We’ve never been in debt (other than our mortgage). Here again is a situation that’s a combination of luck, privilege, and judicious decision-making. While we both attended an inexpensive state school for undergrad, our parents were able to help us pay for it. I tell my parents to this day how deeply grateful I am that they enabled me to emerge from school debt-free, which set me far above my peers after graduation.
Mr. FW and I have subsequently made careful decisions to stay out of consumer debt and live well below our means. I was able to work full-time at the university where I earned my MA in order to receive free tuition. But, the origin of our debt-free lifestyle traces its roots to our stable, non-poverty ridden childhoods and our decision to marry the right person.
We have high-paying jobs. While this alone isn’t a predictor of financial health, or the ability to achieve financial independence at a young age, it sure does help. Yes, we’re extreme frugal weirdos and yes, we save 71% of our incomes every year and yes, minus our mortgage we spent $13,000 in all of 2014. But, we recognize how fortunate we are to be able to do this.
Lots of people work much harder, longer hours than we do for vastly less money. They might live just as frugally as we do–forgoing cable, restaurants, haircuts, and cars newer than 19 years old–but they won’t be able to save at the high rate we do. I never lose sight of the other side of the frugality equation: earnings. You’ve got to make something in order to save it. We don’t make investment banker salaries, but we don’t make peanuts either. And for this, we’re thankful.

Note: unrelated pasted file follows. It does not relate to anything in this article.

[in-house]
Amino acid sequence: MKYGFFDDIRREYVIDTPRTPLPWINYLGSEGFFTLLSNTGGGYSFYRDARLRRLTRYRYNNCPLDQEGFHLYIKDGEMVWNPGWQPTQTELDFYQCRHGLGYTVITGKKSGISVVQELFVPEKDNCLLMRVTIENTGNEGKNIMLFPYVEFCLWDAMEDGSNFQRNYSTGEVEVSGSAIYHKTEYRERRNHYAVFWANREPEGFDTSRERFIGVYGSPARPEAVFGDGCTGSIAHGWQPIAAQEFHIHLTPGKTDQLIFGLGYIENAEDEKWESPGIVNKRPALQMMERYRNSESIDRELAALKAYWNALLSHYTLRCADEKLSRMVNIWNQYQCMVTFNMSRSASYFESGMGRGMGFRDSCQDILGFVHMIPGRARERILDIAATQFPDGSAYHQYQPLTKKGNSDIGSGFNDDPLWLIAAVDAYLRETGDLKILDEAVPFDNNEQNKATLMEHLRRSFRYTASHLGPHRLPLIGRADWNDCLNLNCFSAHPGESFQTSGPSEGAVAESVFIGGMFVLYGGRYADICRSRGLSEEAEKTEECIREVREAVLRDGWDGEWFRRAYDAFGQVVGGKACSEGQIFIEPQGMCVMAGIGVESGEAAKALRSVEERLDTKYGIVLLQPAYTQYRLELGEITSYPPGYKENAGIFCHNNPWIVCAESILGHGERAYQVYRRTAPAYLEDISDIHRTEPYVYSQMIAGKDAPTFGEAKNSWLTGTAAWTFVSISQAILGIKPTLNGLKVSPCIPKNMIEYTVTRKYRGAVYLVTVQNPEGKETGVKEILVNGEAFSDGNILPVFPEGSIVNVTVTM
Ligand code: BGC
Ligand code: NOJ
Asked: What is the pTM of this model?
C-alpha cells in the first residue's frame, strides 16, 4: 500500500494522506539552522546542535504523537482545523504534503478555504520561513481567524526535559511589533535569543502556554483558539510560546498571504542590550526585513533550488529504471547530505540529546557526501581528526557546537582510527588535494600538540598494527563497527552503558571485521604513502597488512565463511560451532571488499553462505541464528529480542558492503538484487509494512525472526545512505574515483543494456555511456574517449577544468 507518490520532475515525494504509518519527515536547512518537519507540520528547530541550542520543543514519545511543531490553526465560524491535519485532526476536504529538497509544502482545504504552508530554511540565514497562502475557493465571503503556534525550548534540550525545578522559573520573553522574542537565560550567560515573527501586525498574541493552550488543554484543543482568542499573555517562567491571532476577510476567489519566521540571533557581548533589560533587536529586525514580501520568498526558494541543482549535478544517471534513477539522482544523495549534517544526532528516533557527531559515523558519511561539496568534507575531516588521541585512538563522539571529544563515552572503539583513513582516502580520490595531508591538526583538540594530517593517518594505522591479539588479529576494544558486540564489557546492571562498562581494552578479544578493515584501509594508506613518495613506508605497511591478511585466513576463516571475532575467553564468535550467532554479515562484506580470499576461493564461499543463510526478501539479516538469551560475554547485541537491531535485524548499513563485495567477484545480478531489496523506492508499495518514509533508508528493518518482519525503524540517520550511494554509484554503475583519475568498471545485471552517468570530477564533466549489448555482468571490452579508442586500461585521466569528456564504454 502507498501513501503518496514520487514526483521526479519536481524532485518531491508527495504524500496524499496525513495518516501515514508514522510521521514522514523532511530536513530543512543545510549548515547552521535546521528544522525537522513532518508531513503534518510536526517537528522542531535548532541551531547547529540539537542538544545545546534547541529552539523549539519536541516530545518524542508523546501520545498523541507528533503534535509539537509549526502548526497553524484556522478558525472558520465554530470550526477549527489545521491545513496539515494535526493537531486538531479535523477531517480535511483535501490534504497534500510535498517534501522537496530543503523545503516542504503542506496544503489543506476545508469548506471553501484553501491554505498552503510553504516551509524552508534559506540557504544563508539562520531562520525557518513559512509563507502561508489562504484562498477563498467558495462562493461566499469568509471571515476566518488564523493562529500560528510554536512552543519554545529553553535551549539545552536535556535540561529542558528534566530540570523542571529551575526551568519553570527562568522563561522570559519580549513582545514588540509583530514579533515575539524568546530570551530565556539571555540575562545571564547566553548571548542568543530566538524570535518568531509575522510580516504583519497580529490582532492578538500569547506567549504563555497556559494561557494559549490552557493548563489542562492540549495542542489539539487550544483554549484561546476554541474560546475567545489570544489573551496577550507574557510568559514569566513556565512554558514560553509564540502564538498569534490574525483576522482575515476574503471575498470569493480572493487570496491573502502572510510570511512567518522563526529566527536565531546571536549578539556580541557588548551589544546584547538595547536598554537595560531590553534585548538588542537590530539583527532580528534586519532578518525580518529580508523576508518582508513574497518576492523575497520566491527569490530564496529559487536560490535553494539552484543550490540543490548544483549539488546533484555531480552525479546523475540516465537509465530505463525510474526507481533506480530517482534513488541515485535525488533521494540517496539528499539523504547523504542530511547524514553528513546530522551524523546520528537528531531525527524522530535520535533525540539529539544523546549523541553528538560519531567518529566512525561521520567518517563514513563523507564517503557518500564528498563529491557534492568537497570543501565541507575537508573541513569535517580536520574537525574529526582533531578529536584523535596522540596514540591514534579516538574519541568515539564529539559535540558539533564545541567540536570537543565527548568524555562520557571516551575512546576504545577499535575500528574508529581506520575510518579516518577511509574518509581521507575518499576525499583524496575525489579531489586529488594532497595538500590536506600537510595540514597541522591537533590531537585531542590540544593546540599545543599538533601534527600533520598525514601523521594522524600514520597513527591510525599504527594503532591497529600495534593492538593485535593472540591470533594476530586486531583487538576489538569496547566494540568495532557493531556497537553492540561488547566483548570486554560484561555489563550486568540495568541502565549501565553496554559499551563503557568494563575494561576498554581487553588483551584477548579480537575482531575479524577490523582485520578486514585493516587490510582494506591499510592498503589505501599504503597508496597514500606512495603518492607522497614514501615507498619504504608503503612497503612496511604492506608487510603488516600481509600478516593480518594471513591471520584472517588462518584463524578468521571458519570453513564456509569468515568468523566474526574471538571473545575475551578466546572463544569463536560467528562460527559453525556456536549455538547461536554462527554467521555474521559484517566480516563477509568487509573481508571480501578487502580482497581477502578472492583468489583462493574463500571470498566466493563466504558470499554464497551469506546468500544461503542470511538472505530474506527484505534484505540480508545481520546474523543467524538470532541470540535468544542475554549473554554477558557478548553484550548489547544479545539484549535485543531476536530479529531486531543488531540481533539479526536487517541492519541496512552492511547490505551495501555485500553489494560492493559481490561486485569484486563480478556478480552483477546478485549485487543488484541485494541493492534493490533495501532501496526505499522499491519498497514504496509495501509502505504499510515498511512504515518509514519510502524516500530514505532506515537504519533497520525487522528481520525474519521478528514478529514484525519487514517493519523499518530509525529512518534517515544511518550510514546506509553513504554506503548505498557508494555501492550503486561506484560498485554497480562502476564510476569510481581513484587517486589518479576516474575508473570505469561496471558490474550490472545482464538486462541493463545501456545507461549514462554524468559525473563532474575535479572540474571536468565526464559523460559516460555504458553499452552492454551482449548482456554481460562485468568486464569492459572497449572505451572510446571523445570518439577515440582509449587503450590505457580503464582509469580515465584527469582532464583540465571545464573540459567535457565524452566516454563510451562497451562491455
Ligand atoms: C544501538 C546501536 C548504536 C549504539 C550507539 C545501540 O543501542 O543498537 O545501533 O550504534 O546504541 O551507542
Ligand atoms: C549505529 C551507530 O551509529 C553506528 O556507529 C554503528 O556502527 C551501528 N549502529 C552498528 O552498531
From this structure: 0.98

We’re healthy. Mr. FW and I are healthy and darn happy about it. Neither of us has a chronic illness, nor do we take prescription medications on a regular basis. This yields rewards in two ways: it costs less to be healthy and, our health enables us to work hard both at our jobs and at home by insourcing just about everything.
We’re able to do our own home improvements, cook our own meals, shovel our own snow, clean our own home, bathe our own Frugal Hound, and more–all of which saves us money. I don’t take doing these things for granted because plenty of people struggle to complete the rudimentary tasks that comprise an independent life.
We started young. Since we married young (at 24), Mr. FW and I were able to grow up together and devise our financial approach as a team. We didn’t have to spend money on dating throughout our 20s in order to meet a partner and neither of us had the chance to make any major financial mistakes before we got married. We created a super frugal yet fun life, which at first simply sustained us and kept us out of debt, and then yielded ever-higher savings rates as our salaries increased.
We’ve waited to have children. Delaying parenthood has been a calculated financial choice for us. Children are amazing, and amazingly expensive. I fully recognize that not everyone in the world has the luxury to plan their families and many women are forced into motherhood before they’re fully adults themselves. And for some couples, a baby arrives as a surprise.
Since we live in a first world country with access to health education and preventative care, Mr. FW and I thoughtfully made the conscious and considered choice to delay kids until we were financially stable and emotionally mature. People can be excellent parents at any age, but I think I would’ve been a terrible mother at age 24. I wasn’t mature enough and our marriage was nascent and not yet the secure fortress it is now.